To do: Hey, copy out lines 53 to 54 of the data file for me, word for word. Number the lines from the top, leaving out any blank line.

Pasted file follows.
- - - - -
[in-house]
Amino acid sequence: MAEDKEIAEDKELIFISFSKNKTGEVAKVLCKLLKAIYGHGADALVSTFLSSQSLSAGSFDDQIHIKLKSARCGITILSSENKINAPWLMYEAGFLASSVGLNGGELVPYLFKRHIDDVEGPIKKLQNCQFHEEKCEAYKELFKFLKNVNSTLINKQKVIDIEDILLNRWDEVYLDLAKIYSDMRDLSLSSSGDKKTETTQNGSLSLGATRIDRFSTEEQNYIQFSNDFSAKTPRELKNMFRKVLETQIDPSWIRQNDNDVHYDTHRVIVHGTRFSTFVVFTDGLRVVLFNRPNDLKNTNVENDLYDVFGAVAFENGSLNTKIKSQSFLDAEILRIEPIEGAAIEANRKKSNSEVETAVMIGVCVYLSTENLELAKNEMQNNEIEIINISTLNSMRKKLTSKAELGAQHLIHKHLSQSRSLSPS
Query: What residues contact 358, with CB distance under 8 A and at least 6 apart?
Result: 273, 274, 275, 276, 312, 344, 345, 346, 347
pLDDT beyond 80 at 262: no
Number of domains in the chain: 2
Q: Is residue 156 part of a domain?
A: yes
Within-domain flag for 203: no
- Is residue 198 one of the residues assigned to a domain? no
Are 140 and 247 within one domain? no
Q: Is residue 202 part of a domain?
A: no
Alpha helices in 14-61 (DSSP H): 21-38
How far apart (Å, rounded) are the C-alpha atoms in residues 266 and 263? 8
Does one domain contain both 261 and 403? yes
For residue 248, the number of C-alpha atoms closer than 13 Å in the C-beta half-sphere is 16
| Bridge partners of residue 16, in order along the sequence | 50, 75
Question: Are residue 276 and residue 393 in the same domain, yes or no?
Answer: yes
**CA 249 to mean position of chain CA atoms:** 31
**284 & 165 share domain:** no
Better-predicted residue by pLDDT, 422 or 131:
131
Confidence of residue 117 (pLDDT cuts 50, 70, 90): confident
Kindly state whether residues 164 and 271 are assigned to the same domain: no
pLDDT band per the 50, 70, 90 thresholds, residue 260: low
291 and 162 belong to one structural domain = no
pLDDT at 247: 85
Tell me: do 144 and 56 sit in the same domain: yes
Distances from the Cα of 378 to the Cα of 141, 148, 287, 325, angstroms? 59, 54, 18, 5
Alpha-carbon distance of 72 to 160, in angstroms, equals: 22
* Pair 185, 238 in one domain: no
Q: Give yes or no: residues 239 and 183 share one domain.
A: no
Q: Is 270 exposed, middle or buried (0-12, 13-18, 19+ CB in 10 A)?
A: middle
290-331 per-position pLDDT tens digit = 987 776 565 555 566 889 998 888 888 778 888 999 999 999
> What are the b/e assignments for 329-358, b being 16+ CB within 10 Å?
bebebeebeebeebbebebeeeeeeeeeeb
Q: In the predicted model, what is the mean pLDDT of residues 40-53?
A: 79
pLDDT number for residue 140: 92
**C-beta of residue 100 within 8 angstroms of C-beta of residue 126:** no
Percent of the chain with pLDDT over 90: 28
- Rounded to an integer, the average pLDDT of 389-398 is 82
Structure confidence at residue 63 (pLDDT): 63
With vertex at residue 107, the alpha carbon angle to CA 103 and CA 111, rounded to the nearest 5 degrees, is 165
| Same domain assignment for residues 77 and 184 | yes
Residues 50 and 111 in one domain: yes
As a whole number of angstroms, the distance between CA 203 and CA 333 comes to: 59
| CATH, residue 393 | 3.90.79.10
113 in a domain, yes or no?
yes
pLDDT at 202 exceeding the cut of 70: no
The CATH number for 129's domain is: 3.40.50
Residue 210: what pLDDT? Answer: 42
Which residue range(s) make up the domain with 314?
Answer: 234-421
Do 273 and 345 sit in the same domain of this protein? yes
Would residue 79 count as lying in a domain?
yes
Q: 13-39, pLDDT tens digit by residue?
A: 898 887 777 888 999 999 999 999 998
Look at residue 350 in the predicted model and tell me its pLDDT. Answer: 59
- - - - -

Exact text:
113 in a domain, yes or no?
yes